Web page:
In another incident, one AI system incorrectly concluded that patients who had pneumonia were more likely to survive if they had asthma, which could cause doctors to alter treatments for patients with asthma.
AI systems that are developed for one hospital often underperform when they are used in a different hospital. There are multiple causes for this. For one, AI systems are often trained on electronic health records, but many electronic health records are often incomplete or incorrect as their primary purpose is often billing and not patient care. For instance, one investigation carried out by KHN found that on occasion there were life-threatening errors in patients’ medical records, like medication lists containing improper meds. Beyond that, diseases are often just more complicated, and the healthcare system more complex, than can often be anticipated by AI engineers and scientists.
As AI becomes ever more prolific, it will be important for AI developers to work alongside health authorities to ensure that their AI systems are thoroughly tested and for regulatory bodies to ensure that standards are set and followed for the reliability of AI diagnostic tools.
Paper Examines How To Reduce Risk Of Using AI in Medicine
Artificial intelligence programs are capable of improving healthcare in a variety of different ways. For instance, AI applications can use computer vision to help doctors diagnose conditions from X-rays and FMRIs. Machine learning algorithms can also be used to help reduce false-positive rates by extracting subtle patterns from data that humans may not be able to find in medical data. However, with the possibilities comes new challenges, and recently a new article was published in Science that examined possible risks and regulatory strategies for medical machine learning techniques in an effort to minimize any possible negative side effects of employing AI in a medical context.
Expanding Applications For AI In Healthcare
AI is seeing its applications in the medical field expand rapidly. Recent developments in the field of healthcare, driven by AI, include the creation of a new pharmaceutical company that aims to use AI to create new drugs, the creation of AI-drive remote health sensors, and computer vision apps that analyze CT scans and X-rays.
To be more precise, Genesis Therapeutics is a startup that is aiming to use AI to speed up the process of drug-discovery, hoping to create drugs that can reduce the severity of debilitating diseases. Genesis Therapeutics is just one of almost 170 different firms using AI to research new drug formulations. Meanwhile, in terms of health monitoring devices, iRhythm and French AI startup Cardiologs are making use of AI algorithms to analyze EEG data and monitor the health of those who have heart conditions are at risk of complications. The software designed by the companies can detect heart murmurs, a condition caused by turbulent blood flow.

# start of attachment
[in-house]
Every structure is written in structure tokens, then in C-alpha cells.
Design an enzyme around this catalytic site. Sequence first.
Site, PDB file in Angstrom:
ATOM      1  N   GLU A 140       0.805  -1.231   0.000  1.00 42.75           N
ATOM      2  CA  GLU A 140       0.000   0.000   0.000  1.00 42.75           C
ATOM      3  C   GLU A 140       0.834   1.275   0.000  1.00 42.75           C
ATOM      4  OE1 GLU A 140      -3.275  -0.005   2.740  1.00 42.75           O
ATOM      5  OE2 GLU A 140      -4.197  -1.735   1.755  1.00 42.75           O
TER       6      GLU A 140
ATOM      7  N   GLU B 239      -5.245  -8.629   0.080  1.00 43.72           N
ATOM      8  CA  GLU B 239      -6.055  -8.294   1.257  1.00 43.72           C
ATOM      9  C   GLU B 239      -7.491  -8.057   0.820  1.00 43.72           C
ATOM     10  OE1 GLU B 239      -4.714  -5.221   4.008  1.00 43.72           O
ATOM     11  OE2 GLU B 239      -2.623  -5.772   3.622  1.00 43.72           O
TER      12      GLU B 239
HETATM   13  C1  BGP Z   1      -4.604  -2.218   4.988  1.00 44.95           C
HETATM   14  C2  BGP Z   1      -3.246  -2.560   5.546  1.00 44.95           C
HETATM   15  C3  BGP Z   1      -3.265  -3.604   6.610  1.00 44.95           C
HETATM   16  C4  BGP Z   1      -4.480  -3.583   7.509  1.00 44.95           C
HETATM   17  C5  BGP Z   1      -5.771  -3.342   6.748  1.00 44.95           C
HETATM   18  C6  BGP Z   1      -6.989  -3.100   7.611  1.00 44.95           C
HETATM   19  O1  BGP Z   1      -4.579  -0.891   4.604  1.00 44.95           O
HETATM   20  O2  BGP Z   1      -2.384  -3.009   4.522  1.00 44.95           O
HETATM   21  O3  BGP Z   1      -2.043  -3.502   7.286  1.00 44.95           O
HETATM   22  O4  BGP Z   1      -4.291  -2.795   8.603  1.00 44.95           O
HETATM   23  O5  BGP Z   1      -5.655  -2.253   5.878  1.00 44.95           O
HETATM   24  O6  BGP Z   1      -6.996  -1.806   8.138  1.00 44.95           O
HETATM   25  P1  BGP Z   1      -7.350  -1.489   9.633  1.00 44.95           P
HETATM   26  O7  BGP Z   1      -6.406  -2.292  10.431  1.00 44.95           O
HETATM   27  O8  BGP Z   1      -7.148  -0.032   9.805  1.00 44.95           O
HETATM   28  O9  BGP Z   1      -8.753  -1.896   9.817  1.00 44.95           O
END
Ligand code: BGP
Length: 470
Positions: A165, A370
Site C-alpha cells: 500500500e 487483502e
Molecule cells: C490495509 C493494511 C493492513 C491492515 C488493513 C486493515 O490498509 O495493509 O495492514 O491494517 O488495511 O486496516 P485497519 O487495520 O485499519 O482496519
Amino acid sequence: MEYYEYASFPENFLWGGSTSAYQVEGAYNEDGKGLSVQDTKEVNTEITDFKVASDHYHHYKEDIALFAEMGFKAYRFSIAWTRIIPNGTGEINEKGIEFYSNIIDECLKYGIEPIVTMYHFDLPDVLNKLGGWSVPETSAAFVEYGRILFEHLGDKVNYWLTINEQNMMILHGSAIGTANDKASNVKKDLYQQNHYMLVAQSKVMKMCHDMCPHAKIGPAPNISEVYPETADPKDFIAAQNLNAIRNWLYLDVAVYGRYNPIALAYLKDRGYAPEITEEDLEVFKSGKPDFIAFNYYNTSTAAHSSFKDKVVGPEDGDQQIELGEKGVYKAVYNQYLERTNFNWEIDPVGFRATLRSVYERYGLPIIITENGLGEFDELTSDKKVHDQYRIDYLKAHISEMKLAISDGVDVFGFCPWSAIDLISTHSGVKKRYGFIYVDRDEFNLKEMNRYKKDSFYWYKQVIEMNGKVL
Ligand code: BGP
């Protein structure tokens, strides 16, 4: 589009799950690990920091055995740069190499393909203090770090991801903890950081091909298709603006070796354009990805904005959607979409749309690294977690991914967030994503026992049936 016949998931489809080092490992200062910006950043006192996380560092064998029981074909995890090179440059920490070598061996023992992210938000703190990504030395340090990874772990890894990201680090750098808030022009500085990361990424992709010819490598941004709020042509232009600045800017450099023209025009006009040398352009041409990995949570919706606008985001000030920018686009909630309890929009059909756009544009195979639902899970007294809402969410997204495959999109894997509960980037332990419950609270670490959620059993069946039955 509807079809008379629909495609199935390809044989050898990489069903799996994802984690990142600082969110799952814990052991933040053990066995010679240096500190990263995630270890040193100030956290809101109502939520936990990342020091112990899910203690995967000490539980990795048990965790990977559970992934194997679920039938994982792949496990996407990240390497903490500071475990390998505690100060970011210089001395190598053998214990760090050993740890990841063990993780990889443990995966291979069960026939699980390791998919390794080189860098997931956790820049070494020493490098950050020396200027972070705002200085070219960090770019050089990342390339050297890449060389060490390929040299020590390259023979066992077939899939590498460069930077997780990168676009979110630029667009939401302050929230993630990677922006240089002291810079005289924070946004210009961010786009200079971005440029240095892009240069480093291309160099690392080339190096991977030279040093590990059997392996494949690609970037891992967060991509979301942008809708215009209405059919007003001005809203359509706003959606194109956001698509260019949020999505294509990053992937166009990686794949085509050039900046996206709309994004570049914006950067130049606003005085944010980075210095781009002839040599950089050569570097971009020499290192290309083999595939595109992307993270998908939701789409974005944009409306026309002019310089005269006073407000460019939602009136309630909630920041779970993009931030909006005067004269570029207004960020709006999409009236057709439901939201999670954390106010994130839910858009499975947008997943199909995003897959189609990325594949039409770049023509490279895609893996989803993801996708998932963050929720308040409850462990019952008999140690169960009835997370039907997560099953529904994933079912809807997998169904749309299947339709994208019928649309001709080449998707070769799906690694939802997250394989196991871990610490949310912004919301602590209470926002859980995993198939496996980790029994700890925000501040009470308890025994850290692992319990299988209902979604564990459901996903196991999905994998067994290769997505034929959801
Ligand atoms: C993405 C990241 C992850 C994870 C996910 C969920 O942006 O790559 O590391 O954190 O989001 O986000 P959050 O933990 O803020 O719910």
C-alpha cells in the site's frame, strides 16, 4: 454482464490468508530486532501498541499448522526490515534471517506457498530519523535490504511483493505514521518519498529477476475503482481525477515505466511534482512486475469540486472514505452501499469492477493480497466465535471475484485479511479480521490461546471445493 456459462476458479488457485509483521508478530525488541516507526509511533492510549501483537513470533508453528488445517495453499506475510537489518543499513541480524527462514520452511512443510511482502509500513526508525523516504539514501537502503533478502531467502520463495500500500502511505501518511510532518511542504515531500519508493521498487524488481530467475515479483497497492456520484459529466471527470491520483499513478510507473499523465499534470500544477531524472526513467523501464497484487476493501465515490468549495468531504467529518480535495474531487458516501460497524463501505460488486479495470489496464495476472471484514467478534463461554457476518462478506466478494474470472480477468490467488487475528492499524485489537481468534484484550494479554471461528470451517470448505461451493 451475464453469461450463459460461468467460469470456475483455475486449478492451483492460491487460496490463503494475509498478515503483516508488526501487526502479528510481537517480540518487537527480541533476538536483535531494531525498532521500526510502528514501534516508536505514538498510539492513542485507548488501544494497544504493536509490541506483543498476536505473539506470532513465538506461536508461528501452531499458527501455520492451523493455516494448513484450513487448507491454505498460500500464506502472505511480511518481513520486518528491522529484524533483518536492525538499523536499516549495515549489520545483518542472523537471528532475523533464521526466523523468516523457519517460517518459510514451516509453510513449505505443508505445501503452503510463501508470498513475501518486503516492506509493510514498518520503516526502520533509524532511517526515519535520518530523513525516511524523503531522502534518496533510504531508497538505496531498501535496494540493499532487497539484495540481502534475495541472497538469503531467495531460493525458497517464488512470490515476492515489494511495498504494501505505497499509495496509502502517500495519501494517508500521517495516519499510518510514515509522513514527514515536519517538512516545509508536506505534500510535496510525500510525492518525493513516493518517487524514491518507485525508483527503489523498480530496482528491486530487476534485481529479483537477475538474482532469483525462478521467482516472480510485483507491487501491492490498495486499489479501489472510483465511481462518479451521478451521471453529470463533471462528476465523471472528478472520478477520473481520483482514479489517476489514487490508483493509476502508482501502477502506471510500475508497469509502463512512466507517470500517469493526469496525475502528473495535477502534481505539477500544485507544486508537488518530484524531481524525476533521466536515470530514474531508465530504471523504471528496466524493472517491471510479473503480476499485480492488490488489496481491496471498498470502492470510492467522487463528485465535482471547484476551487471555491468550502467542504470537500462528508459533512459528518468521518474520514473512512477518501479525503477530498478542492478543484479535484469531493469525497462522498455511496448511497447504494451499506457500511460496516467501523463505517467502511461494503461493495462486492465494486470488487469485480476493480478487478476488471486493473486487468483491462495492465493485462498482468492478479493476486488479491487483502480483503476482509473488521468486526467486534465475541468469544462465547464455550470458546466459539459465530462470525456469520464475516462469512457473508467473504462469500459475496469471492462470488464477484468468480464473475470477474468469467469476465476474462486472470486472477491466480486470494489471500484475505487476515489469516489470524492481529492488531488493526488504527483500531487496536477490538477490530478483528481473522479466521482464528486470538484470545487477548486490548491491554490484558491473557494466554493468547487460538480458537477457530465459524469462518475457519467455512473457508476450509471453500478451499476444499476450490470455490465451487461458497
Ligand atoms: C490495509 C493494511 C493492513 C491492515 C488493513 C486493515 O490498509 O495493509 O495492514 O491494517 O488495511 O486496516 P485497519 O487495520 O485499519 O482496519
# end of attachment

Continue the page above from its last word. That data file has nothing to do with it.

Finally, a recent study investigating how computer vision can be applied to medical images found that computer vision systems perform at least as well or better than expert radiologists when examining CT scans to find small hemorrhages. The algorithms used in the study were able to render predictions after examining CT scans for just one second. The computer vision systems were also able to localize the hemorrhage within the brain.
So while the potential benefits of using AI in healthcare are clear, what is less clear is what new challenges and risks will arise as a side-effect of employing AI within the healthcare field.
Regulating An Expanding Field
As TechXplore reported, in order to assess potential drawbacks of using AI in healthcare, a group of researches recently published a paper in Science, aiming to derive answers to anticipate potential problems with AI and explore potential solutions to these problems. Problems that may arise from using AI in the healthcare field include the inappropriate recommendation of treatments resulting in injury, privacy concerns, and algorithmic bias/inequality.
The FDA has only approved medical AI that uses “locked algorithms”, algorithms that reliably produce the same result every time they are run. However, much of AI’s potential lies in its ability to learn and respond to new types of inputs. In order to enable “adaptive algorithms” to see more use and get approval from the FDA, the authors of the paper took an in-depth look at how the risks related to updating algorithms can be mitigated.
The authors advocate that machine learning engineers and researchers should focus on continuous monitoring of models over the lifetime of their deployment. Among the suggested tools to monitor AI systems was AI itself, which could help give automated reports on how an AI is behaving. It’s also possible that multiple AI devices could monitor each other.
“To manage the risks, regulators should focus particularly on continuous monitoring and risk assessment, and less on planning for future algorithm changes,” said the authors of the paper.
The authors of the paper also recommend that regulators focus on developing new methods of identifying, monitoring, assessing, and managing risks. The paper applies many of the techniques that the FDA has used to regulate other forms of medical tech.
As the paper’s authors explained:
“Our goal is to emphasise the risks that can arise from unanticipated changes in how medical AI/ML systems react or adapt to their environments. Subtle, often unrecognised parametric updates or new types of data can cause large and costly mistakes.”